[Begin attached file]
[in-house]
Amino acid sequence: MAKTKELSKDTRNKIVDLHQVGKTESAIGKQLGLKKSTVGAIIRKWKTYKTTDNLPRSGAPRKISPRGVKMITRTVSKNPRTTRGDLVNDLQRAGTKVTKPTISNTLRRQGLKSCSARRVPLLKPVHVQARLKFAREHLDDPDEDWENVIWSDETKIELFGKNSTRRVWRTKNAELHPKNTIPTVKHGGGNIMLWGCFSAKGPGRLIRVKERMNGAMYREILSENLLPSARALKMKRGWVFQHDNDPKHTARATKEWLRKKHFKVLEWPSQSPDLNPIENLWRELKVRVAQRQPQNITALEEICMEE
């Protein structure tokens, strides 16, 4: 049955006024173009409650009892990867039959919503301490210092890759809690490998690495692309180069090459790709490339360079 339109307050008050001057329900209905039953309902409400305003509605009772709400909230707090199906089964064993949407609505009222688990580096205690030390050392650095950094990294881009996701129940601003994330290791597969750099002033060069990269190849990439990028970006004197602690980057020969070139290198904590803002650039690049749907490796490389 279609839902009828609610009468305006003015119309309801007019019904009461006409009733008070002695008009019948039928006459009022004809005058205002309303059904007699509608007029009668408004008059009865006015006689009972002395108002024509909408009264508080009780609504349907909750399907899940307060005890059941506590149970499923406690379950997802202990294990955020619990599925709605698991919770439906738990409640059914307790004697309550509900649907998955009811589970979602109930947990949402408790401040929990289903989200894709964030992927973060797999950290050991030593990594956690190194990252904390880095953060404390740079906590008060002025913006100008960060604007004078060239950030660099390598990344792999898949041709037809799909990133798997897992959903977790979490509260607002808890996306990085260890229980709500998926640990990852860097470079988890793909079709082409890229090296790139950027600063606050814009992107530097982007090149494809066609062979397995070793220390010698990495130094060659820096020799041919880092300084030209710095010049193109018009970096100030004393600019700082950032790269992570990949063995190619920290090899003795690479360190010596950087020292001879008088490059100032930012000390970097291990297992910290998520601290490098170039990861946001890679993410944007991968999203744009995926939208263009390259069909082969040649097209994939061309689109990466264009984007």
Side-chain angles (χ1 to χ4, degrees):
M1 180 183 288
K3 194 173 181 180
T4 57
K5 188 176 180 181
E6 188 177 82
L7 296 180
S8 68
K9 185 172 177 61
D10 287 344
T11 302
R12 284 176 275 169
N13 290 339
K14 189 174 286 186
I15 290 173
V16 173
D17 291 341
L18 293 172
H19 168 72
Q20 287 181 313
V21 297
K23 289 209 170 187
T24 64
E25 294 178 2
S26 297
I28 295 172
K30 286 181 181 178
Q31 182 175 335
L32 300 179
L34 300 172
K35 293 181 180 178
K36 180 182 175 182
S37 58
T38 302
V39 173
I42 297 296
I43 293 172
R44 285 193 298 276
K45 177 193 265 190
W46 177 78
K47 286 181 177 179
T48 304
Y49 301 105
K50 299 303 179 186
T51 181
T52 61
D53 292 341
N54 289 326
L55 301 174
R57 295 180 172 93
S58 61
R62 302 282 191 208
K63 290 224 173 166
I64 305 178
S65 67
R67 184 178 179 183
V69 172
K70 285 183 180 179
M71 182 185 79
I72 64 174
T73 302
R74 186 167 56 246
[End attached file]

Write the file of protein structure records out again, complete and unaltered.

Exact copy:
[in-house]
Amino acid sequence: MAKTKELSKDTRNKIVDLHQVGKTESAIGKQLGLKKSTVGAIIRKWKTYKTTDNLPRSGAPRKISPRGVKMITRTVSKNPRTTRGDLVNDLQRAGTKVTKPTISNTLRRQGLKSCSARRVPLLKPVHVQARLKFAREHLDDPDEDWENVIWSDETKIELFGKNSTRRVWRTKNAELHPKNTIPTVKHGGGNIMLWGCFSAKGPGRLIRVKERMNGAMYREILSENLLPSARALKMKRGWVFQHDNDPKHTARATKEWLRKKHFKVLEWPSQSPDLNPIENLWRELKVRVAQRQPQNITALEEICMEE
């Protein structure tokens, strides 16, 4: 049955006024173009409650009892990867039959919503301490210092890759809690490998690495692309180069090459790709490339360079 339109307050008050001057329900209905039953309902409400305003509605009772709400909230707090199906089964064993949407609505009222688990580096205690030390050392650095950094990294881009996701129940601003994330290791597969750099002033060069990269190849990439990028970006004197602690980057020969070139290198904590803002650039690049749907490796490389 279609839902009828609610009468305006003015119309309801007019019904009461006409009733008070002695008009019948039928006459009022004809005058205002309303059904007699509608007029009668408004008059009865006015006689009972002395108002024509909408009264508080009780609504349907909750399907899940307060005890059941506590149970499923406690379950997802202990294990955020619990599925709605698991919770439906738990409640059914307790004697309550509900649907998955009811589970979602109930947990949402408790401040929990289903989200894709964030992927973060797999950290050991030593990594956690190194990252904390880095953060404390740079906590008060002025913006100008960060604007004078060239950030660099390598990344792999898949041709037809799909990133798997897992959903977790979490509260607002808890996306990085260890229980709500998926640990990852860097470079988890793909079709082409890229090296790139950027600063606050814009992107530097982007090149494809066609062979397995070793220390010698990495130094060659820096020799041919880092300084030209710095010049193109018009970096100030004393600019700082950032790269992570990949063995190619920290090899003795690479360190010596950087020292001879008088490059100032930012000390970097291990297992910290998520601290490098170039990861946001890679993410944007991968999203744009995926939208263009390259069909082969040649097209994939061309689109990466264009984007």
Side-chain angles (χ1 to χ4, degrees):
M1 180 183 288
K3 194 173 181 180
T4 57
K5 188 176 180 181
E6 188 177 82
L7 296 180
S8 68
K9 185 172 177 61
D10 287 344
T11 302
R12 284 176 275 169
N13 290 339
K14 189 174 286 186
I15 290 173
V16 173
D17 291 341
L18 293 172
H19 168 72
Q20 287 181 313
V21 297
K23 289 209 170 187
T24 64
E25 294 178 2
S26 297
I28 295 172
K30 286 181 181 178
Q31 182 175 335
L32 300 179
L34 300 172
K35 293 181 180 178
K36 180 182 175 182
S37 58
T38 302
V39 173
I42 297 296
I43 293 172
R44 285 193 298 276
K45 177 193 265 190
W46 177 78
K47 286 181 177 179
T48 304
Y49 301 105
K50 299 303 179 186
T51 181
T52 61
D53 292 341
N54 289 326
L55 301 174
R57 295 180 172 93
S58 61
R62 302 282 191 208
K63 290 224 173 166
I64 305 178
S65 67
R67 184 178 179 183
V69 172
K70 285 183 180 179
M71 182 185 79
I72 64 174
T73 302
R74 186 167 56 246